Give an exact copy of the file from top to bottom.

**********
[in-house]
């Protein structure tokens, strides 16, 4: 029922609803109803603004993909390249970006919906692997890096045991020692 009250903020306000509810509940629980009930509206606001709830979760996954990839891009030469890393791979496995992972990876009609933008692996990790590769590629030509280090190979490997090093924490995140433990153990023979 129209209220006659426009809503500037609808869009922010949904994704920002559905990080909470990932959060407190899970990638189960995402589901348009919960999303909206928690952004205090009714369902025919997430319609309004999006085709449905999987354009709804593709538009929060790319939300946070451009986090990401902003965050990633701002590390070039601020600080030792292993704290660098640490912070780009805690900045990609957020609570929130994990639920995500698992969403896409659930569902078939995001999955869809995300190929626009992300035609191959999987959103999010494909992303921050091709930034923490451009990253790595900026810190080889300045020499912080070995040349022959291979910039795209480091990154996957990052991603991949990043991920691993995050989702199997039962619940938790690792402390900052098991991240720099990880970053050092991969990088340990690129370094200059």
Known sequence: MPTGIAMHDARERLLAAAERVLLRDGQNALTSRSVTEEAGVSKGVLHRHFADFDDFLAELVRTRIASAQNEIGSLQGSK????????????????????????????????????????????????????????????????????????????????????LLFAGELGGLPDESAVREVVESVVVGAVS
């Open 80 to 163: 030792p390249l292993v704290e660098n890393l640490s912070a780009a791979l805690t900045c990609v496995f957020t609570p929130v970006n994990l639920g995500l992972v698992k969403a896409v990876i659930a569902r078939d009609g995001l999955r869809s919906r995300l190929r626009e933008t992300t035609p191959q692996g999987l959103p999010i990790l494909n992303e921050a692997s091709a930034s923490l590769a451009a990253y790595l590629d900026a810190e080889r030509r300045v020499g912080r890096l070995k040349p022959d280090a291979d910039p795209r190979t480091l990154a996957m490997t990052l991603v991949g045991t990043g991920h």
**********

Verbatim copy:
[in-house]
């Protein structure tokens, strides 16, 4: 029922609803109803603004993909390249970006919906692997890096045991020692 009250903020306000509810509940629980009930509206606001709830979760996954990839891009030469890393791979496995992972990876009609933008692996990790590769590629030509280090190979490997090093924490995140433990153990023979 129209209220006659426009809503500037609808869009922010949904994704920002559905990080909470990932959060407190899970990638189960995402589901348009919960999303909206928690952004205090009714369902025919997430319609309004999006085709449905999987354009709804593709538009929060790319939300946070451009986090990401902003965050990633701002590390070039601020600080030792292993704290660098640490912070780009805690900045990609957020609570929130994990639920995500698992969403896409659930569902078939995001999955869809995300190929626009992300035609191959999987959103999010494909992303921050091709930034923490451009990253790595900026810190080889300045020499912080070995040349022959291979910039795209480091990154996957990052991603991949990043991920691993995050989702199997039962619940938790690792402390900052098991991240720099990880970053050092991969990088340990690129370094200059």
Known sequence: MPTGIAMHDARERLLAAAERVLLRDGQNALTSRSVTEEAGVSKGVLHRHFADFDDFLAELVRTRIASAQNEIGSLQGSK????????????????????????????????????????????????????????????????????????????????????LLFAGELGGLPDESAVREVVESVVVGAVS
């Open 80 to 163: 030792p390249l292993v704290e660098n890393l640490s912070a780009a791979l805690t900045c990609v496995f957020t609570p929130v970006n994990l639920g995500l992972v698992k969403a896409v990876i659930a569902r078939d009609g995001l999955r869809s919906r995300l190929r626009e933008t992300t035609p191959q692996g999987l959103p999010i990790l494909n992303e921050a692997s091709a930034s923490l590769a451009a990253y790595l590629d900026a810190e080889r030509r300045v020499g912080r890096l070995k040349p022959d280090a291979d910039p795209r190979t480091l990154a996957m490997t990052l991603v991949g045991t990043g991920h």